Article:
.356 Winchester

 
.356 Winchester
 
 

Introduced in 1982 in an equally new variant of the Model 94 Winchester called Angle Eject, the .356's only claim to fame is that it was once available in more than two rifles while its .307 Winchestermate has never been available in more than one. When we consider that it is far more effective on big game than the .30-30 Winchesterand .35 Remingtonand will do about anything the .348 Winchesterand .358 Winchester will do, the .356's sad tale of woe is difficult to explain. But then, when we consider what happened to the .348and .358, the water clears up considerably. In 1987, only five years after its introduction, U.S. Repeating Arms ceased production of the Model 94 carbines in .356 Winchester but brought it back for another try in 1988. Hopefully, it's reintroduction in the Model 94 was prompted by hunter demand. Olin engineers who developed the .356 Winchester have cautioned against loading the cartridge with roundnose bullets. This leaves us with the 180 and 220grain Speerbullets, both of flatnose form. Excellent powders for the .356 Winchester are H335, H4895, IMR-4064, and W-748.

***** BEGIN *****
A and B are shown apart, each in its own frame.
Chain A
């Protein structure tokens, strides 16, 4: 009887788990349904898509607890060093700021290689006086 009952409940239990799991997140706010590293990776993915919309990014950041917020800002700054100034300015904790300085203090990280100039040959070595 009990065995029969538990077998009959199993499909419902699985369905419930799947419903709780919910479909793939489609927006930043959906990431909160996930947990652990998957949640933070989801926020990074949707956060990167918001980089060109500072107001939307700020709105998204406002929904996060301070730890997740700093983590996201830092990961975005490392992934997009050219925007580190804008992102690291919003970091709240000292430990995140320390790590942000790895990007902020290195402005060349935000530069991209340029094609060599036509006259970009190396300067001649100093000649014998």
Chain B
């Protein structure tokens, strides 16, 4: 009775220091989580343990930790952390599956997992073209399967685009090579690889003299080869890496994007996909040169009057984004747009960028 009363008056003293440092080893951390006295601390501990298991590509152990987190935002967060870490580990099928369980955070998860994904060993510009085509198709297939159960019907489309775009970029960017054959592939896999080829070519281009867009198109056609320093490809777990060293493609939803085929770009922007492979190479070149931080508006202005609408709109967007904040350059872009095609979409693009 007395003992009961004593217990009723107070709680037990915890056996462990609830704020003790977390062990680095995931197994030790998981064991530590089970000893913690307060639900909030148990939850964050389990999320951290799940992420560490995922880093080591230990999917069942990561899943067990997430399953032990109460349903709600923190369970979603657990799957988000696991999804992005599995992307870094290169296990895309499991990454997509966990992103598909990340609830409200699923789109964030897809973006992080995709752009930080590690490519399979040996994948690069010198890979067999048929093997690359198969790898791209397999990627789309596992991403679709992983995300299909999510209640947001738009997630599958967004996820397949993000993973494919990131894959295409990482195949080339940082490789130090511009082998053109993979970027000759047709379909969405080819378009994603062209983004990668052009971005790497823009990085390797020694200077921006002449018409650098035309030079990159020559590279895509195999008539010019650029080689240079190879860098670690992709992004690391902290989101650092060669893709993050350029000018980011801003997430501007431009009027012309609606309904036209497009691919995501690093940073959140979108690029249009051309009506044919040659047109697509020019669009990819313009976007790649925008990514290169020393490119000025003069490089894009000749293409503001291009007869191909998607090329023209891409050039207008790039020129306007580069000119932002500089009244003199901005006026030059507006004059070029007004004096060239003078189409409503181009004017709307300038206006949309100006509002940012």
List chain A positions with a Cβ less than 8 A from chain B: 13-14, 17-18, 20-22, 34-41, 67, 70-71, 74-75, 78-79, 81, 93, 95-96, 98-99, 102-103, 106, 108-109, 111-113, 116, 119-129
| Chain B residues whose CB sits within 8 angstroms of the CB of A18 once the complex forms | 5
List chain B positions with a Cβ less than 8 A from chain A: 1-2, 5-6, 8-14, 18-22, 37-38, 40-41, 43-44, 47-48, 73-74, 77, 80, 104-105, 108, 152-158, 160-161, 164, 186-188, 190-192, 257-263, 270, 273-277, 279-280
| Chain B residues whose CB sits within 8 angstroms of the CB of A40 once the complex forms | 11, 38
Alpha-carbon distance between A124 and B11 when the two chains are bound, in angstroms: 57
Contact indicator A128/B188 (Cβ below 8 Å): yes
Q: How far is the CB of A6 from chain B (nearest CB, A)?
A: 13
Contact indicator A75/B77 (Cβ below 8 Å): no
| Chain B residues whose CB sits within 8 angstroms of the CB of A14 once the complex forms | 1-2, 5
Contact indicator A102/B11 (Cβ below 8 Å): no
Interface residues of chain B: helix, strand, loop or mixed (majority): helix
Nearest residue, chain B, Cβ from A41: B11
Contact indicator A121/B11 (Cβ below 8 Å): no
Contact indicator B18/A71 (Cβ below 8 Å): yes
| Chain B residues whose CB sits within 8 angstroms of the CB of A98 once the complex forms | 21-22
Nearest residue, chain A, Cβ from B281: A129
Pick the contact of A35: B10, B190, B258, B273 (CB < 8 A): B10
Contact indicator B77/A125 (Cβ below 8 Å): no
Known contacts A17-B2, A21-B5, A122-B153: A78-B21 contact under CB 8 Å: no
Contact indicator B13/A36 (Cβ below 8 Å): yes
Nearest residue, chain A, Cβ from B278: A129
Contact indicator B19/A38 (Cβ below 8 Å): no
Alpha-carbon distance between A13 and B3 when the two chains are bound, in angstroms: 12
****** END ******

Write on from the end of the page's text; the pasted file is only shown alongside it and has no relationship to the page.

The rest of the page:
This text is based on information from “Cartridges of the World”, Hodgdon reloading manual, the cartridge designer and/or own resources.

   
Bullet weight: Bullet name: Powder:  

 
Not yet verified user loads  
ID: Bullet weight: Bullet name: Powder:  
250 grs
kodiak
IMR 4064
220 grs
Speer 220gr.F.N.
H4895
200 grs
Sierra R/N
IMR4198
200 grs
hornady
Imr-4320
220 grs
220 Speer
H322
200 grs
Hornady FTX
H4198